Citizens of third countries who have been vaccinated against COVID-19, as well as those who have recovered from the virus, are suggested to be allowed to travel for non-essential reasons starting on March 1, 2022, in accordance with European Union recommendations.
During a meeting to review the recommendations for temporary restrictions on non-essential travel into the EU, the blocs Council noted that the newly introduced recommendations are being considered in light of the pandemics progression and the high proportion of the worlds population that has been vaccinated against COVID-19.
As stated in a press release issued today, February 22, “the amendments introduced to respond to the evolution of pandemic, the increasing vaccination uptake and administration of booster doses, and the recognition of a growing number of certificates issued by third countries as equivalent to the EU digital COVID certificate,” the Council of Ministers said.
The same document further emphasises that the amended guideline will become effective on March 1, 2019.
As recommended by the European Council, non-essential travellers who have been vaccinated with one of the vaccinations that have been approved by the European Medicines Agency (EMA) or the World Health Organization (WHO) should be permitted admission into EU countries (WHO).
However, pre-departure COVID-19 test results may be necessary for travellers who have received vaccinations that have been authorised by the WHO but not by the EMA.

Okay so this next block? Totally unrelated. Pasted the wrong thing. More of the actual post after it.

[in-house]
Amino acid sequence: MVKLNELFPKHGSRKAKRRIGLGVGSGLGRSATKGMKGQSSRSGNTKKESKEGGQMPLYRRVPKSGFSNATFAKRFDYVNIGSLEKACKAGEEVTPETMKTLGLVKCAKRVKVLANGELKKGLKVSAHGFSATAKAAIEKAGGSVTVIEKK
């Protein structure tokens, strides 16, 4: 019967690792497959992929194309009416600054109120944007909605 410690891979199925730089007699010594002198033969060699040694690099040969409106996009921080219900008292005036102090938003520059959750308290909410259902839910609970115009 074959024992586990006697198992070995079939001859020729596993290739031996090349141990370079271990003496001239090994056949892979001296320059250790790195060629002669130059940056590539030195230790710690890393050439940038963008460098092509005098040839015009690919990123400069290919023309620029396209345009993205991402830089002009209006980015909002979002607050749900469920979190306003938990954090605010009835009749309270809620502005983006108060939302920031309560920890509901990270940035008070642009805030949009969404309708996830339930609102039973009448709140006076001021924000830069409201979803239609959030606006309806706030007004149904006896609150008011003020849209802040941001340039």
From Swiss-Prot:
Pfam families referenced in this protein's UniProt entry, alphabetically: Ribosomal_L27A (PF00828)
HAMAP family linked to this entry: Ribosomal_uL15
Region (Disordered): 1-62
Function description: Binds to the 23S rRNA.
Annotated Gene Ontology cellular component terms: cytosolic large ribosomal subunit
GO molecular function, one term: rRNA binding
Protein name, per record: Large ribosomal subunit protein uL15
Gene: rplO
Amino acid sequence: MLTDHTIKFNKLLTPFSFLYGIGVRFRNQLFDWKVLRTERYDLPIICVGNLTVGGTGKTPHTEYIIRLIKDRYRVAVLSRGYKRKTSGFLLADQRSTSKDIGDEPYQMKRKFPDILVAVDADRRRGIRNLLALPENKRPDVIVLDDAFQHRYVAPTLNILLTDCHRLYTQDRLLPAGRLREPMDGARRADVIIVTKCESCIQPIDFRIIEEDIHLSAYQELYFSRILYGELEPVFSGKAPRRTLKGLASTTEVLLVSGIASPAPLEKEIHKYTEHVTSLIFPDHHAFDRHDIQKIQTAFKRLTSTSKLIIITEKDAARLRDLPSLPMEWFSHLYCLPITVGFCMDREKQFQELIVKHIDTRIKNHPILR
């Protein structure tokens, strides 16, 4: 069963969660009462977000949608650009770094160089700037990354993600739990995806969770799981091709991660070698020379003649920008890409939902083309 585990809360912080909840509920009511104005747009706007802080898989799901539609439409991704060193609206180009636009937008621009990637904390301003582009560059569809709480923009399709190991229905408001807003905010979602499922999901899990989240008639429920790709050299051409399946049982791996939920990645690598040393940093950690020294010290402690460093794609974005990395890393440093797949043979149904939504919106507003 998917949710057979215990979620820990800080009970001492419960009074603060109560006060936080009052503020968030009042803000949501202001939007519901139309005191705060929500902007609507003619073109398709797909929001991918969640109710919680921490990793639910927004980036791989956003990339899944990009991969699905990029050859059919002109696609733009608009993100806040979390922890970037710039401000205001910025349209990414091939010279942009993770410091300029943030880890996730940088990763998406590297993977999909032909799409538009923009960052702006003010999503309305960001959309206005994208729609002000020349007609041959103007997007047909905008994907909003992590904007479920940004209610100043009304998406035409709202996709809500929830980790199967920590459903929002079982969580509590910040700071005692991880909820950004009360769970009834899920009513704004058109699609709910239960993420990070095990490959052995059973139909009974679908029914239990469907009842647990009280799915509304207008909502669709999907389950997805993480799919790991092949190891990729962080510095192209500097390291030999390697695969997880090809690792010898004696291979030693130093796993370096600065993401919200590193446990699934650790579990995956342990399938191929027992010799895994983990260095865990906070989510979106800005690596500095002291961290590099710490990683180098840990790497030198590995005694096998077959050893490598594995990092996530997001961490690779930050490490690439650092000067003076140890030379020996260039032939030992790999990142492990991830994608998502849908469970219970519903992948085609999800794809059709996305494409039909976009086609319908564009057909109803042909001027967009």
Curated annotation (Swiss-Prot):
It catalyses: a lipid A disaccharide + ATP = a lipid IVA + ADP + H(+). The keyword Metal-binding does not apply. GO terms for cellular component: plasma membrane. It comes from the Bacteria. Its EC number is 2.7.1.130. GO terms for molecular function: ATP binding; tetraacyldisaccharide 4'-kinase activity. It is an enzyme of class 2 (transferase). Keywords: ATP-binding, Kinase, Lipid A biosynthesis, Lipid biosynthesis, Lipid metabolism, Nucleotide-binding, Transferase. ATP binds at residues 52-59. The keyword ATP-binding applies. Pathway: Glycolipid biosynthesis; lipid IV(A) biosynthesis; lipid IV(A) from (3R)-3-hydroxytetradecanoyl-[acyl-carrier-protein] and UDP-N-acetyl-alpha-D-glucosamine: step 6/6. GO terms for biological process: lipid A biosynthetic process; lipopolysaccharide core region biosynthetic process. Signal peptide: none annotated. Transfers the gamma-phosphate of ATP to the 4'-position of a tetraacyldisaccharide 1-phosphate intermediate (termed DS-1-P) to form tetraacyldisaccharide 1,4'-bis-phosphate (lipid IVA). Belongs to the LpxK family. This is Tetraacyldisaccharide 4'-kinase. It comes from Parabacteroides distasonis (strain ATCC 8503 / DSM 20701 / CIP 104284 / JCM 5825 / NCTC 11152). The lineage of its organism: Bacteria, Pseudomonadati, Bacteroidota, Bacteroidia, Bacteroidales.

All travellers must have had a vaccination at least 14 days before to their journey to an EU country, but no more than 270 days prior to their trip in order to be allowed to enter as vaccinated individuals. In order to be authorised to enter the country, anyone whose vaccination date is more than nine months old must acquire a booster dosage before entering.
Similarly, tourists who have been sick with COVID-19 in the past 180 days and have recovered from their illness should be permitted to enter the EU, even if their visit is for a non-essential purpose such as touristic activities.
As the Council points out, “a negative PCR test before departure might also be necessary for those who have recovered from COVID-19, as well as for persons who have been vaccinated with an EU-approved vaccine but do not have an EU or comparable certificate.”
It also reminds Member States to allow admission for youngsters between the ages of six and eighteen who are travelling with a negative PCR test that was completed at the earliest possible time (72 hours before departure) on their passports. Every limitation on access must be waived in the case of children under the age of six.
Due to the new suggestion, travellers from countries with which the EU has signed an agreement on the recognition of their COVID-19 certificates will reap the greatest benefits, according to the EU. The following are the nations that have signed such an agreement with the EU thus far:
- Cabo Verde
- El Salvador
- The Faroe Islands
- New Zealand
- North Macedonia
- San Marino
- United Arab Emirates
- The United Kingdom of Great Britain and Northern Ireland
- The Vatican